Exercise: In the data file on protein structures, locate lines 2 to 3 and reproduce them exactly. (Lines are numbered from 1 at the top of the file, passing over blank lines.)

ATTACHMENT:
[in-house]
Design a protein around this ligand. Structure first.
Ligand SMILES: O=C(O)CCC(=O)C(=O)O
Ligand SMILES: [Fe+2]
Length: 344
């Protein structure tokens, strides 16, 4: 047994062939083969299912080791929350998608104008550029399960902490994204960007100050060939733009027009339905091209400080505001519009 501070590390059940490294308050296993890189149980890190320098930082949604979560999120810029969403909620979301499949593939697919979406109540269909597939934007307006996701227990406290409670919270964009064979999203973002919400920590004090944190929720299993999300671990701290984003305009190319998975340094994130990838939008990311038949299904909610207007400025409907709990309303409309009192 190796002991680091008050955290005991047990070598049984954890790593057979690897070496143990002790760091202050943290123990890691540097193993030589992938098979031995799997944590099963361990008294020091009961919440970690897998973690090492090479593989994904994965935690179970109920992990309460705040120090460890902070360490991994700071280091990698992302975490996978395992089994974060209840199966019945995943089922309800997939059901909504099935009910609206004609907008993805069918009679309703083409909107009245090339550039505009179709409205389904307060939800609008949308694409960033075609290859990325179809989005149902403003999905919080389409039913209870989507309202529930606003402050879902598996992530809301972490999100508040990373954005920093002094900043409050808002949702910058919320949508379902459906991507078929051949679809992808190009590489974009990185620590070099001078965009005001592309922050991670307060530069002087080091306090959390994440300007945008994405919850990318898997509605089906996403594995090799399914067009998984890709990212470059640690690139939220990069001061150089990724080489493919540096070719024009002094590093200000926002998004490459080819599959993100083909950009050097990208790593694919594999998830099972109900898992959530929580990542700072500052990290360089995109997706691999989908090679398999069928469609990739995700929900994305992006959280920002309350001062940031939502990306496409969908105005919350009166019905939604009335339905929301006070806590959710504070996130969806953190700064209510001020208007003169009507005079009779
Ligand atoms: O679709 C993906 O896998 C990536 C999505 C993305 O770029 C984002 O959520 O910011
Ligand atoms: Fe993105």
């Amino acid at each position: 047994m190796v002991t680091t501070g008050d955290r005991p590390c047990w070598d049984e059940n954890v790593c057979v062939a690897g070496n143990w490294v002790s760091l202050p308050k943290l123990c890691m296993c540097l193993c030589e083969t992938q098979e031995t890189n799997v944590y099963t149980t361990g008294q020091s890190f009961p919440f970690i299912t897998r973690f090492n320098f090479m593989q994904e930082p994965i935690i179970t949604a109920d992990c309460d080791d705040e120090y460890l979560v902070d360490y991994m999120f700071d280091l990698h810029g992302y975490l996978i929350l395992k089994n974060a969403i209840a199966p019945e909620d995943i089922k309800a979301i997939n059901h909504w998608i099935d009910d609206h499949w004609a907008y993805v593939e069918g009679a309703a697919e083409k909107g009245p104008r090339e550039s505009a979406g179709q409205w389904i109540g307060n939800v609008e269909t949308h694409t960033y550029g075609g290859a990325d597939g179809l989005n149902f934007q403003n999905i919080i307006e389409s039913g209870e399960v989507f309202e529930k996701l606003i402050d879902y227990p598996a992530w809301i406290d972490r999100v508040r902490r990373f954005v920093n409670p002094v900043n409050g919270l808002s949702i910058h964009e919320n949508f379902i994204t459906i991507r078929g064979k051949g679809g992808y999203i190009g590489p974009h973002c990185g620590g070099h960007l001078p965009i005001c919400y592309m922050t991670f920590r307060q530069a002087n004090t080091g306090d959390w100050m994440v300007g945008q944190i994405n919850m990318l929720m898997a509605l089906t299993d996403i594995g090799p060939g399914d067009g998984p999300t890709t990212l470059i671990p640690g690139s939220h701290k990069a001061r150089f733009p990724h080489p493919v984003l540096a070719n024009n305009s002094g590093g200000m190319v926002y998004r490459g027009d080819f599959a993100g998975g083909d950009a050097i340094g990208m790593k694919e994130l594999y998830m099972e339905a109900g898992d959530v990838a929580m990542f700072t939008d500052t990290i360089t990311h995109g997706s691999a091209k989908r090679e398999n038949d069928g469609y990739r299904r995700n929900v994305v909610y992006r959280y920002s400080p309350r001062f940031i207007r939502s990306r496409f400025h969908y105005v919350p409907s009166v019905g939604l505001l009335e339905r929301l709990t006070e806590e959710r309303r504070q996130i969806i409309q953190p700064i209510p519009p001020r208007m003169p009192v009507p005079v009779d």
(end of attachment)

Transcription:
Design a protein around this ligand. Structure first.
Ligand SMILES: O=C(O)CCC(=O)C(=O)O